Thunder Trade Back from #21, Select Darius Bazley at #23, Receive 2024 Second Round PickGetty Images

Thunder Trade Back from #21, Select Darius Bazley at #23, Receive 2024 Second Round Pick

This draft, the Thunder decided to go for minor moves, not big ones.

Leading into the draft, there was a lot of speculation about the Thunder trading their 21st pick away. They were supposed to be floating it as incentive to shed salary, trying to lower their luxury tax load.

Well, they traded.

They just didn’t drop salary. Much.

Instead of using the 21st pick as incentive, the Thunder decided to move back slightly in the draft and pick up an asset, drafting Darius Bazley at 23 after swapping picks with Memphis. Unlike a lot of the players that were mocked to the Thunder, Bazley is mostly a mystery. So who is this mystery man? And why did the Thunder move back?

A Unique Path to the NBA

Bazley is a little bit unique. Originally committed to Syracuse, he changed his mind before he actually became part of the Orange. Instead of going through the NCAA like most prospects, he decided that he was going to go to the G-League to prepare for the NBA.

That didn’t last, though. When he struggled in some workouts, he decided to just take the year completely off, skipping a year of playing to work out by himself. He signed with agent Rich Paul of Klutch Sports fame (best known as LeBron James’s agent), then signed a $14 million contract with New Balance that included a $1 million internship last year.

Coming into the draft, it’s hard to know what Bazley’s game looks like, as we don’t have any film since his high school years to go off. What we do know is that Bazley fits Sam Presti’s prototype as a long, athletic forward who projects as a possible versatile wing. I touched base with a source who had some front office experience and loved him, having him as a good sleeper. And most mock drafts had him projected in the range the Thunder took him, citing potential.

It’s hard to say what he looks like long-term, but a good guess is that he’ll need a few years of seasoning before he’s a legit contributor (if he ever becomes one). He’s an unfinished project. Most likely he’ll spend at least one year with the Oklahoma City Blue. Oklahoma City has some good history of using their minor league team to develop prospects, but it’ll take us some time before we know how to evaluate this one.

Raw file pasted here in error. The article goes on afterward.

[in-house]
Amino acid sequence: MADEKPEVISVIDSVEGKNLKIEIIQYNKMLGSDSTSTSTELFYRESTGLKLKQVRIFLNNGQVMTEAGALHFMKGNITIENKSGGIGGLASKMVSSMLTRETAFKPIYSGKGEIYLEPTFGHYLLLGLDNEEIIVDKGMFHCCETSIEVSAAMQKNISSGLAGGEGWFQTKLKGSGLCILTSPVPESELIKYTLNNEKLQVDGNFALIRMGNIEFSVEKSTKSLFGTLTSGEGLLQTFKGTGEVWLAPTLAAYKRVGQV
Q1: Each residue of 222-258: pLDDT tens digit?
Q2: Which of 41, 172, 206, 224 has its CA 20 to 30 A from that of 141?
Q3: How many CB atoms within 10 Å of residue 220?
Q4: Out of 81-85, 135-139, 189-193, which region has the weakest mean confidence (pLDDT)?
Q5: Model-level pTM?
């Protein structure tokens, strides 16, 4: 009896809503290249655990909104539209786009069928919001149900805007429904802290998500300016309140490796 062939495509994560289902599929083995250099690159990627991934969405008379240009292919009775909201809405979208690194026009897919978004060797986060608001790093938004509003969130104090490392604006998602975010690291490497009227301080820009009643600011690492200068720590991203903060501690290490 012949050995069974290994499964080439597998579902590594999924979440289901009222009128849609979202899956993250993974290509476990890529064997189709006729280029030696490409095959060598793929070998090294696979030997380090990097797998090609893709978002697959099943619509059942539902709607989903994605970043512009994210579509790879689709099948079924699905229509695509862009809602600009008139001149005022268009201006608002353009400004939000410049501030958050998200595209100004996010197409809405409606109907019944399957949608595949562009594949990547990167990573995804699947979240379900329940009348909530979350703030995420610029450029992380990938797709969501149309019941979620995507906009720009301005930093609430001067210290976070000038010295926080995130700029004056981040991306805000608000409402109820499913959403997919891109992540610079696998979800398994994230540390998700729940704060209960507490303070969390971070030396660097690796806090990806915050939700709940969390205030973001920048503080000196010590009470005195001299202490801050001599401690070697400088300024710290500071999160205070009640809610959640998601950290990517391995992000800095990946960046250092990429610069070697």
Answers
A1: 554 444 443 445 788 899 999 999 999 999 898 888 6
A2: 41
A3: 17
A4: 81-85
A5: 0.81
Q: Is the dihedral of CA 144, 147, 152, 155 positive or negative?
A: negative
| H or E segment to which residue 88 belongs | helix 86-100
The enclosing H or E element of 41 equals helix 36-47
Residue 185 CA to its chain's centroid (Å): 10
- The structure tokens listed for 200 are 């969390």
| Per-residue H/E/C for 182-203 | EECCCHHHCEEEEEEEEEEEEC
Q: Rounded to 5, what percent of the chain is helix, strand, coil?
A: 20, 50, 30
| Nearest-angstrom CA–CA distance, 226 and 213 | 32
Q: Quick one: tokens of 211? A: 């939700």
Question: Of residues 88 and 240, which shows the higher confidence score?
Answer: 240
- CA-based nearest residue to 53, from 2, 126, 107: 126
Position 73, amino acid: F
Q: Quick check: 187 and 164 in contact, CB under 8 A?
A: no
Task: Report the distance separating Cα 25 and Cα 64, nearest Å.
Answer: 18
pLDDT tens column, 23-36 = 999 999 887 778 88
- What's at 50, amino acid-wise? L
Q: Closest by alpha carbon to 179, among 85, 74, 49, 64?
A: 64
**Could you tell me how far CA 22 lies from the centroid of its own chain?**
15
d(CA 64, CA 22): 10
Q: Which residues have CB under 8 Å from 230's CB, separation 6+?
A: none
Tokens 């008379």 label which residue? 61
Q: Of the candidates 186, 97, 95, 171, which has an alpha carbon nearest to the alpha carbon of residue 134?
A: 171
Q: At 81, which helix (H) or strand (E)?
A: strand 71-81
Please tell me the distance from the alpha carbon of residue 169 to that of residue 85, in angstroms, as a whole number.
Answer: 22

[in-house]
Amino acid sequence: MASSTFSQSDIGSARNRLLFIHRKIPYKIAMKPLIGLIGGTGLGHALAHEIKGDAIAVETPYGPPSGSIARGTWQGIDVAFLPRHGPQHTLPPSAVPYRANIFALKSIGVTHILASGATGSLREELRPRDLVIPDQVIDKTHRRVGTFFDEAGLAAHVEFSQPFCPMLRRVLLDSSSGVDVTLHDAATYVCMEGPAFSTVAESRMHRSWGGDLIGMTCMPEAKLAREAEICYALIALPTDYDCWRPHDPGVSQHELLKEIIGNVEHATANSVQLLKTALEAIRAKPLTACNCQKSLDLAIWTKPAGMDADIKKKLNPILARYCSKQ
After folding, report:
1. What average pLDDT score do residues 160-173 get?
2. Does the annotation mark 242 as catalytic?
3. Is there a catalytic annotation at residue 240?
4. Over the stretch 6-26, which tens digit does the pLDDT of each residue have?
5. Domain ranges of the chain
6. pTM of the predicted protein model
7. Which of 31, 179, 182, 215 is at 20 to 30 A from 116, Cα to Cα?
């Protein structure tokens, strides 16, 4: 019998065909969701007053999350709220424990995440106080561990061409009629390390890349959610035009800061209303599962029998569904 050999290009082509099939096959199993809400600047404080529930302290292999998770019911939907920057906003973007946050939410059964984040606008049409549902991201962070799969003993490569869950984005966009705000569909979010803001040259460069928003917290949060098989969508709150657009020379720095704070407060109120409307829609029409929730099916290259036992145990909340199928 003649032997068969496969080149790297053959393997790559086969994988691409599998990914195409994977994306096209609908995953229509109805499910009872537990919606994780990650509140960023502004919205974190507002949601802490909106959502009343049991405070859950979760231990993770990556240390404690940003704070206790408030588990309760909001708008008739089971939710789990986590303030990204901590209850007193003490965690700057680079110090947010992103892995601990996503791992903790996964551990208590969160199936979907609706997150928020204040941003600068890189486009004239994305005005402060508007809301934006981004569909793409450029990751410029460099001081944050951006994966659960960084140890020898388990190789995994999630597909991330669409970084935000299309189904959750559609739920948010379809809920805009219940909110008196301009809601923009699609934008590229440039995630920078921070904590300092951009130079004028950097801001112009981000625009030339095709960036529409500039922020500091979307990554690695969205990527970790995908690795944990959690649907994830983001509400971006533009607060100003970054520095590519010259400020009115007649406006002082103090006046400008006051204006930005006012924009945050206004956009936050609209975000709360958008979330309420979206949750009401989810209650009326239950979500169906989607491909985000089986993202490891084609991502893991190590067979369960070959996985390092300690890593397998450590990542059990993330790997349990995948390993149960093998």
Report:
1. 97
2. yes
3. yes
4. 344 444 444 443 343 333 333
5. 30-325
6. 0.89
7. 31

Creating Assets

The Thunder right now are in an unenviable position when it comes to assets.

At the moment, when it comes to young assets, the two they have that project as having any value are Terrance Ferguson and Hamidou Diallo—neither of whom moves the needle a ton in terms of trade value.

In terms of picks, they’re thin. They have all their second-round picks moving forward, but they have two first-round picks that they’ve traded out, which means they’re limited in terms of what they can trade away. Now they also have two second-round picks from other teams. One from the Bulls (Timothe Luwawu-Cabarrot) is a “fake” top-55 protected pick that has very little chance of conveying. The other is the 2024 Memphis pick they just acquired.

That may not sound like much. But for a team as asset-starved as OKC, every little bit matters.

If they wanted Bazley and not someone like Clarke, trading back two spots to take a guy they knew would still be there and creating another asset is smart management. It’s hard to say what that second-round pick could do, but smart teams play in the margins, and OKC needs to nail those margins right now.

What Comes Next?

It’ll be surprising if the Thunder hangs onto that 2024 pick. Look for that to be included as a sweetener somewhere down the line to bring in more help or cut salary.

And for those who were looking for an impact trade today, take heart: it’s not over yet. Keep an eye on when the Thunder sign Bazley. If it looks like they’re waiting to sign him, it may mean that they’re waiting to aggregate his draft rights in a trade.

Either way, it’s hard to say how the Thunder did on draft day. It’s a minor move to get a minor asset and a project draft prospect. Grade this one an “incomplete”.